Look out for promotional ads throughout the community targeting consumers and food operators to be mindful of safe food handling practices and procedures. Continue to check our website as we keep you updated on ways to reduce your family's risk of foodborne illness.



Who's at Risk for Foodborne Illness- Know who in your family has the greatest danger of foodborne illness and take extra precautions. 

Produce- An apple a day keeps the doctor away..." be mindful of safe food practices when you enjoy your favorite fruit or vegetable. 

Home Canning- Up to date procedures  to ensure a high-quality, safe product that you and your family can enjoy.





Published in Home
Tuesday, 27 August 2013 20:08

Keeping You Safe when Eating Out

Ever wondered who works to keep you safe?...
         Take a look to find out who works hard to keep you healthy and happy. 


Union County Health Department (UCHD)

UCHD's mission is to protect the health, safety and well-being of all Union County by providing quality public health services. The Environmental Health division of UCHD works in collaboration with food service operators to ensure safe food service practices and procedures are observed.

UCHD keeps you safe by:

  • Inspecting all restaurants, school cafeterias, and grocery stores two times a year
  • Inspecting all mobile food units and temporary food units in Union County
  • Promptly responding to valid complaints from the public
  • Posting recent inspection reports on our website for public viewing

For a healthier and happier community UCHD works to:

  • Promote good personal hygiene of food operators
  • Prevent cross-contamination
  • Control time and temperature of foods
  • Regulate proper cleaning and sanitizing procedures



How do I report a foodborne illness?


If you believe you or someone you know became ill from eating a certain food, please contact your county or city health department and tell them you would like to report a foodborne illness. Reporting illnesses to your local health department helps them identify potential foodborne disease outbreaks. By investigating foodborne disease outbreaks, public health officials learn about possible problems in food production, distribution and preparation that may cause illness.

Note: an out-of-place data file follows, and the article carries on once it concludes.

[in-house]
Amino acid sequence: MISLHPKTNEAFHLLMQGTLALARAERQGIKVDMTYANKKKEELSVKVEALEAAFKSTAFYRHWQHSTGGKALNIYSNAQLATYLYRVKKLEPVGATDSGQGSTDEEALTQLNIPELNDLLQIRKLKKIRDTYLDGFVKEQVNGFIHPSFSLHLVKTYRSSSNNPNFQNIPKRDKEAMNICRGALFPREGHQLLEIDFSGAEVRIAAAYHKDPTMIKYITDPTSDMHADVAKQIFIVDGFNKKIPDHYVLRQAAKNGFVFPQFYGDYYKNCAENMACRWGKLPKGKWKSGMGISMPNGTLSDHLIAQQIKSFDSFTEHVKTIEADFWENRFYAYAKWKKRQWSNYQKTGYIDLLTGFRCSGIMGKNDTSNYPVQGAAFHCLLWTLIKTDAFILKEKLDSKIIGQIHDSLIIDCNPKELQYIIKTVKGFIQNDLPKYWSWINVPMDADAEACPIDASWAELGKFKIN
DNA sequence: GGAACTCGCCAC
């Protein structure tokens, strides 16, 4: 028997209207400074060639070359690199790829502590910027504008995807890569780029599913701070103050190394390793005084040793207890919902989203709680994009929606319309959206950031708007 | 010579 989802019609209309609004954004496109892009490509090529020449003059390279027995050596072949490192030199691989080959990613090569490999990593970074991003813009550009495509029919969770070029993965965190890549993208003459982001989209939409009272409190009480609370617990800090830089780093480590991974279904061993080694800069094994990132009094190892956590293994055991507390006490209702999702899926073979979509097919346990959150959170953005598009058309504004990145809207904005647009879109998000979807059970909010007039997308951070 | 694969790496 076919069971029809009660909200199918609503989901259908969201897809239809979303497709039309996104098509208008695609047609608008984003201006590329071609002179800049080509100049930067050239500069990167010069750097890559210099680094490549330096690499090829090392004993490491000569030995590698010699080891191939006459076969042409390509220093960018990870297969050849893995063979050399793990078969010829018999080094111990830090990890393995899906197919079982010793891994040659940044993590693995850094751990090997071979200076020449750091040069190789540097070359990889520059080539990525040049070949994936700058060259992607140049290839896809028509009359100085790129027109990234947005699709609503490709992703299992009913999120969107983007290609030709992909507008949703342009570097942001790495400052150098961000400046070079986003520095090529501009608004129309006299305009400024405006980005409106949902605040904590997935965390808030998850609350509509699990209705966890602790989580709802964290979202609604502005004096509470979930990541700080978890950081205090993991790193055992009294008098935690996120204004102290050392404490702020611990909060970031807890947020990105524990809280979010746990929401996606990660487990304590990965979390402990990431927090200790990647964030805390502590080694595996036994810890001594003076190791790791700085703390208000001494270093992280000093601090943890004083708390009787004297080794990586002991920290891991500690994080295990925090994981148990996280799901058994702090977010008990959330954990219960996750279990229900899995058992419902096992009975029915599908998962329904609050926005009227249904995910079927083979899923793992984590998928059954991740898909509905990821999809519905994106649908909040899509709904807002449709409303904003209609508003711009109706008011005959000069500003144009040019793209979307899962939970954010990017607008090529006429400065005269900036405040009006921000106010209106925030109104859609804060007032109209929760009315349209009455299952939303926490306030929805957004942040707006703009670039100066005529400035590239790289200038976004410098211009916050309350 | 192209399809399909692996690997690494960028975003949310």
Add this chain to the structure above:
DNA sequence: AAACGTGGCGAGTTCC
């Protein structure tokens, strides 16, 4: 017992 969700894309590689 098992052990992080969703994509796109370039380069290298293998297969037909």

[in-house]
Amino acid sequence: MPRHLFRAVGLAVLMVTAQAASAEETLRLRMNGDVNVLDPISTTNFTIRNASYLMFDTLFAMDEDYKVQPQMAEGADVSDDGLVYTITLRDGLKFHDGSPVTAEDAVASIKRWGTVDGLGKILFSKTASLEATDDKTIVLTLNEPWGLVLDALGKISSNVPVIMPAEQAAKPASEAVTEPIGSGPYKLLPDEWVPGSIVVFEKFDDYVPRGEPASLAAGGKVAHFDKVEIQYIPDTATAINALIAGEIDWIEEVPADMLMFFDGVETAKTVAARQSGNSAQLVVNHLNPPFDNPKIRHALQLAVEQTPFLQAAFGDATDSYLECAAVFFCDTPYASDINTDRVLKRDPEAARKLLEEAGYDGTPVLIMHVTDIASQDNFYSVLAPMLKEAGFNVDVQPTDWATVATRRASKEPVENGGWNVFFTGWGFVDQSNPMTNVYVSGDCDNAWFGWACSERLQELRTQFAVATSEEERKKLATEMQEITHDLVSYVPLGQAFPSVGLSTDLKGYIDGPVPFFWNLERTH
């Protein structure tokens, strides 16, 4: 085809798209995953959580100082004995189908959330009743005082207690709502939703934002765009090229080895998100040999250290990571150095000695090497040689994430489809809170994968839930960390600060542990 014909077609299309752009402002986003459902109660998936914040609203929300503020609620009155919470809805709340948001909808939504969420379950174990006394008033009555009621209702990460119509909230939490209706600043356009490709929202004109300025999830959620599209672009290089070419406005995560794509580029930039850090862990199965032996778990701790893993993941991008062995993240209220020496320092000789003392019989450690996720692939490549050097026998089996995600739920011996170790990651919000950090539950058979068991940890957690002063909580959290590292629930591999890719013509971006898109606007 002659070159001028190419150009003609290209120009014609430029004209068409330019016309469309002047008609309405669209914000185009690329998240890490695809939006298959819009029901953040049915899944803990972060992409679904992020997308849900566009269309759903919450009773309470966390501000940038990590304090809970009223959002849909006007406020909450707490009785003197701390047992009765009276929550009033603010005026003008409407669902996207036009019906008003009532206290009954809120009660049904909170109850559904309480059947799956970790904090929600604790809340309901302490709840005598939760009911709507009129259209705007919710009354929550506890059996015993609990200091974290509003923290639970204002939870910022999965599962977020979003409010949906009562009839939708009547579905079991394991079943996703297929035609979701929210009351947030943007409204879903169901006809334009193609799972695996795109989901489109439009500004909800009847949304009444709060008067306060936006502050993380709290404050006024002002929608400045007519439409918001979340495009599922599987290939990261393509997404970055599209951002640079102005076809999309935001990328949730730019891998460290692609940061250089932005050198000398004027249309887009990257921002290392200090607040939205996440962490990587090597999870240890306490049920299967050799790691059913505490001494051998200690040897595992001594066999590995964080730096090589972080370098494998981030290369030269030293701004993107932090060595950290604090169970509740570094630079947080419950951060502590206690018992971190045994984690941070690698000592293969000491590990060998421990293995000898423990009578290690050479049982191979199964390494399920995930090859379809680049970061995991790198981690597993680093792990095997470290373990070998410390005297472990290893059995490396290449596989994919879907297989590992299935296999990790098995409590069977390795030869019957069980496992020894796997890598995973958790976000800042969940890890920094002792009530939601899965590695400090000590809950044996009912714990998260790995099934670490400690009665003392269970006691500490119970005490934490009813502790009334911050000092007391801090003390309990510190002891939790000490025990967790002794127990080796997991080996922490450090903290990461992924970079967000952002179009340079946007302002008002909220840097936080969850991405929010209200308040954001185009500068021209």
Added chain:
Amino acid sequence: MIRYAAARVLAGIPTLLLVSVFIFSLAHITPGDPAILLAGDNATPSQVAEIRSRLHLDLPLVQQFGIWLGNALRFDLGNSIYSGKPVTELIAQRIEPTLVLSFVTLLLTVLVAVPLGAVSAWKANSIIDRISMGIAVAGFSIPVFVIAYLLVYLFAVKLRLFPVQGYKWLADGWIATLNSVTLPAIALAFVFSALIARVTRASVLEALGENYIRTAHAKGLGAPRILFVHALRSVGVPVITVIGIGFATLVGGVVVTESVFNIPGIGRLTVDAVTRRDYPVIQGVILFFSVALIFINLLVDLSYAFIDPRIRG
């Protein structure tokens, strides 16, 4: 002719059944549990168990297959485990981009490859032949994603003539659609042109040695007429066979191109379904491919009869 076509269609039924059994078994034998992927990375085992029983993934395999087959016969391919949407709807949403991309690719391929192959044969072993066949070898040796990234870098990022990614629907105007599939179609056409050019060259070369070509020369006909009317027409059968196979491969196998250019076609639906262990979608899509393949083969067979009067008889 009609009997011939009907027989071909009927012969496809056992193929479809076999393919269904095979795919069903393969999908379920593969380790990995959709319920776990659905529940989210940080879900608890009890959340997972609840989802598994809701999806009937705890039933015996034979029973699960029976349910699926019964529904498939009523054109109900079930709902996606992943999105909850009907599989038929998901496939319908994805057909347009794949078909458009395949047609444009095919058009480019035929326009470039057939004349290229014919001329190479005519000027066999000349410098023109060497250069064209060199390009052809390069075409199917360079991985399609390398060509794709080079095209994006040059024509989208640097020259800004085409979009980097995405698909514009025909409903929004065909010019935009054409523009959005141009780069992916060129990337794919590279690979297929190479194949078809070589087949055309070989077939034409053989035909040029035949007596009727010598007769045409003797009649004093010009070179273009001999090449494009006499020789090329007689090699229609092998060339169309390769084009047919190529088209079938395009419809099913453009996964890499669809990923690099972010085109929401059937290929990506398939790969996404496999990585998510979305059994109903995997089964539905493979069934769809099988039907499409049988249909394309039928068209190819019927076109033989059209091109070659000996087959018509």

Other Agencies Keeping You Safe...


U.S. Department of Agriculture (USDA)

The USDA's Food Safety and Inspection Service (www.fsis.usda.gov) is the public health regulatory agency in USDA responsible for ensuring that meat, poultry, and processed egg products are safe, wholesome, and accurately labeled.

U.S. Food and Drug Administration (FDA)

The FDA, an agency within the U.S. Department of Health and Human Services, protects the public health by assuring the safety, effectiveness, and security of human and veterinary drugs, vaccines and other biological products for human use, and medical devices. The agency also is responsible for the safety and security of our nation's food supply, cosmetics, dietary supplements, products that give off electronic radiation, and for regulating tobacco products.

Centers for Disease Control and Prevention (CDC)

CDC works 24/7 to save lives, protect people from health threats, and save money resulting in a more secure nation. CDC puts science and prevention into action to make the healthy choice the easy choice. CDC helps people live longer and healthier to lead productive lives.

Published in Health
Monday, 12 March 2012 18:24

Does Your Kitchen Make the Grade?

A quiz developed by the Los Angeles County Public Health Department helps home cooks discover if their kitchen would pass a restaurant inspection. The quiz focuses on food safety and proper food handling practices. Click on the link below to take the quiz and see if kitchen might need some improvements to protect your family from food borne illnesses.

Home Kitchen Quiz

Published in In the News